Photonic crystals as known in the art are defined as a space domain, which confines a repetitive spatial distribution of dielectric or magnetic material properties. Photon energy distribution delimited within a photonic crystal depicts “energy bands” having shapes that characterize propagation modes for selectively reflecting, transmitting and absorbing a propagation of energy in the form of light or electromagnetic waves through the photonic crystal. The shape of the energy bands are a function of the repetitive spatial dielectric distribution of the photonic crystal. Accordingly, a variation in the repetitive spatial dielectric distribution varies the shapes of the energy band gaps to thereby establish a different propagation mode of the photonic crystal.

The present invention is a photonic crystal being electrically configurable among a plurality of propagation modes. Various aspects of the present invention are novel, non-obvious, and provide various advantages. While the actual nature of the present invention covered herein can only be determined with reference to the claims appended hereto, certain features, which are characteristic of the embodiments disclosed herein, are described briefly as follows.

An electrical configurable photonic crystal in accordance with the present invention comprises a liquid crystal, an electrode plate and a plurality of electrode pixels. In one form, the electrode plate and the electrode pixels are operable to configure the liquid crystal as a photonic crystal in response to a selective application of one or more electric potentials between the electrode plate and one or more electrode pixels. In a second form, an electrical interaction between the electrode plate and one or more of the electrode pixels establishes one or more biased liquid crystal regions with the liquid crystal. In a third form, the electrode plate and a first electrode pixel are operable to establish a biased liquid crystal region within the liquid crystal in response to an application of a first electric potential between the electrode plate and the first electrode pixel.

The foregoing forms as well as other forms, features and advantages of the present invention will become further apparent from the following detailed description of the presently preferred embodiments, read in conjunction with the accompanying drawings. The detailed description and drawings are merely illustrative of the present invention rather than limiting, the scope of the present invention being defined by the appended claims and equivalents thereof.

BRIEF DESCRIPTION OF THE DRAWINGS

FIG. 1 illustrates a side view of one embodiment of an electromagnetic waves interaction device in accordance with the present invention;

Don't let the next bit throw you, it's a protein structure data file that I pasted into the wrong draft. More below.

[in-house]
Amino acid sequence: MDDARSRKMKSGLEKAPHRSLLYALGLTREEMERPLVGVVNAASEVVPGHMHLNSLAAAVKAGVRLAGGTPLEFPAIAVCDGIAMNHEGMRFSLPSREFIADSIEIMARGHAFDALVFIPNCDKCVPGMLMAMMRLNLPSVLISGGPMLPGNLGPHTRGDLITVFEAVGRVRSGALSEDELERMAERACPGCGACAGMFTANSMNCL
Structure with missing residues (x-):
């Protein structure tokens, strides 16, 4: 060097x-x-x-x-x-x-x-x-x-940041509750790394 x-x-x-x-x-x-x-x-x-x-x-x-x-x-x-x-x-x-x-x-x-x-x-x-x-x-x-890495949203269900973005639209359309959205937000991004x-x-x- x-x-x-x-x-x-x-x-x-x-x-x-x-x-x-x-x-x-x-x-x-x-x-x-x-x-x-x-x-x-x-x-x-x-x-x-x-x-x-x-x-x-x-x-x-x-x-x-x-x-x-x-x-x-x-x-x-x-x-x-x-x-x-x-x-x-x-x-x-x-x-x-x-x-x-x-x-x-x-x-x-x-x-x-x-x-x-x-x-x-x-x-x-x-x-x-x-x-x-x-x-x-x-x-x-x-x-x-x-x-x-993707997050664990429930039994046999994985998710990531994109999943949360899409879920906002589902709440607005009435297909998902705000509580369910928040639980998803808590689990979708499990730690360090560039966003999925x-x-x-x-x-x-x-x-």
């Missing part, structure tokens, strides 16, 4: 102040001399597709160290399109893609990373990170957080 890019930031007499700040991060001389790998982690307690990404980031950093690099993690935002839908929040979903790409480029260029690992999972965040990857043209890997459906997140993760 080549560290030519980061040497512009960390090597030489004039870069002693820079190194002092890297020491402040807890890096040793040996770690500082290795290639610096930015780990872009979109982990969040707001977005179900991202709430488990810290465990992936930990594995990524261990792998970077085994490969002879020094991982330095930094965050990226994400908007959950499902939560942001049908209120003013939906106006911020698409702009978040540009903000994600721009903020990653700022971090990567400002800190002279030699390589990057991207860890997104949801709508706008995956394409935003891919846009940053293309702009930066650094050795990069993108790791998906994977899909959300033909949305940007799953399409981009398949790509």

FIG. 2 illustrates a bottom view of the FIG. 1 electromagnetic waves interaction device;

FIG. 3 illustrates a top view of the FIG. 1 electromagnetic waves interaction device;

FIG. 4 illustrates a side view of a first configuration of the FIG. 1 electromagnetic waves interaction device into an electrically configurable photonic crystal in accordance with the present invention;

FIG. 5 illustrates a top view of the FIG. 4 electrically configurable photonic crystal;

FIG. 6 illustrates an exemplary graphical representation of a normalized electromagnetic energy density of states vs. normalized frequency distribution for the FIG. 4 electrically configurable photonic crystal;

FIG. 7 illustrates a side view of a second configuration of the FIG. 1 electromagnetic waves interaction device into an electrically configurable photonic crystal in accordance with the present invention;

FIG. 8 illustrates a top view of the FIG. 7 electrically configurable photonic crystal; and

FIG. 9 illustrates an exemplary graphical representation of a normalized electromagnetic energy density of states vs. normalized frequency distribution for the FIG. 7 electrically configurable photonic crystal.

DETAILED DESCRIPTION OF THE PRESENT INVENTION

FIGS. 1-3 illustrate an electromagnetic waves interaction device 10 of the present invention. A Cartesian system is included within FIGS. 1-3 to facilitate a description of the electromagnetic waves interaction device 10 and is therefore not a limitation as to the scope of the electromagnetic waves interaction device 10 in accordance with the present invention.

The electromagnetic waves interaction device 10 has a first dielectric plane 20 and a second dielectric plane 21. The first dielectric plane 20 is defined by an electrode plate 30 (e.g., Aluminum) and a glass plate 40 (e.g., silicon dioxide). The second dielectric plane 21 is defined by a glass plate 41 (e.g., silicon dioxide), and a 9×9 square matrix of electrode pixels 51 a-59 i (e.g., Aluminum). The electromagnetic waves interaction device 10 further includes a liquid crystal 60 situated between the dielectric planes 20 and 21. The electromagnetic waves interaction device 10 can be conventionally fabricated as will be appreciated by those having ordinary skill in the art.